The impact of education on marriage and cohabitation in western Germany
Katja Köppen, University of Rostock
Many authors argue that changes in union formation behavior are directly linked to the changing role of women. The decline in marriages and rise in cohabitations are associated with women's longer participation in the educational system and the growth in female economic independence. Previous research found education to be a strong factor in explaining differences in marital behavior between social groups within a population. However, studies on the impact of education on union formation came to mixed results. Whether education has a structural or a causal impact on individual behavior is still not clear. The aim of the following work is to study how educational level and educational enrollment impact first union formation risk of western German men and women. The data for this project comes from the German Familiensurvey 2000. A competing-risk framework is used to study direct marriage vs. non--marital cohabitation. For the descriptive results cumulative incidence curves were estimated. For the multivariate analysis piecewise-constant hazard-models are applied. We do not find a clear negative effect of education on marriage formation but even slightly higher marriage risks for highly educated women. Women with tertiary education enter cohabitation more often than other women only if they are still in education. This does not confirm the assumption that highly educated women are assumed to avoid marriage. First preliminary results for men indicate that, contrary to women, living in cohabitation does not seem to be defined to a certain educational or age group. The advantages and disadvantages of a particular type of partnership, either marriage or cohabitation, are not as important for men's union formation behavior as they are for women.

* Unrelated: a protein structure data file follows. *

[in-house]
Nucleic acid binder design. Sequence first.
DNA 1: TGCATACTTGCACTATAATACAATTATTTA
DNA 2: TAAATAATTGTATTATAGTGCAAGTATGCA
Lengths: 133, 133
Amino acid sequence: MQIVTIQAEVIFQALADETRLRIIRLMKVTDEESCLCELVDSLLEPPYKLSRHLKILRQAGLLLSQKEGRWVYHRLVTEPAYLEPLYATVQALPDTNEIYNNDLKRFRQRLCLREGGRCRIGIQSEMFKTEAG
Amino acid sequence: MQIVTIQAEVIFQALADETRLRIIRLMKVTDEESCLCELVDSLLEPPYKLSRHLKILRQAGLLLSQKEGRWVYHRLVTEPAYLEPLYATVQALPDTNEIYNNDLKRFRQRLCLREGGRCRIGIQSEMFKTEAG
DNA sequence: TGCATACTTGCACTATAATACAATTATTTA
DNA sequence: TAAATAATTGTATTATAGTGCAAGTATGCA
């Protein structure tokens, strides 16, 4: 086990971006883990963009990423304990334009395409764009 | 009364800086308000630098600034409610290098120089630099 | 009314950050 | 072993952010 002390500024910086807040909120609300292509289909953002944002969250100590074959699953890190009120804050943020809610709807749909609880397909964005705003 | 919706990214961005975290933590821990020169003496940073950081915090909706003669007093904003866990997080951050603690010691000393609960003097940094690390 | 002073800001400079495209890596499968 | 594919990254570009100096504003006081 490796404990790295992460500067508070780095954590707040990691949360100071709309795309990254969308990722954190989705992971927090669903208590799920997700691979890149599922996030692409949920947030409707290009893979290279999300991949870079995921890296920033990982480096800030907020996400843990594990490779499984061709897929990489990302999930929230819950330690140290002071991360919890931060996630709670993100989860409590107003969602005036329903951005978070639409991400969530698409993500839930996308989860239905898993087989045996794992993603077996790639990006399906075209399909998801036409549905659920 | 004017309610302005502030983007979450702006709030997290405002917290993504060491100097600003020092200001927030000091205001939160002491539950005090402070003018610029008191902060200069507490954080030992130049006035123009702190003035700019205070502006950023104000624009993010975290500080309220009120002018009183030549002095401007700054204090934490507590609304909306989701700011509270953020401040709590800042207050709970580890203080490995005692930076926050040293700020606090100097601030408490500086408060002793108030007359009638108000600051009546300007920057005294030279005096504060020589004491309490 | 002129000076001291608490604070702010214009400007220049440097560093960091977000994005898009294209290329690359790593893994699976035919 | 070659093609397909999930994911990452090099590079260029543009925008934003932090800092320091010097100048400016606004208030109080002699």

Presented in Poster Session 1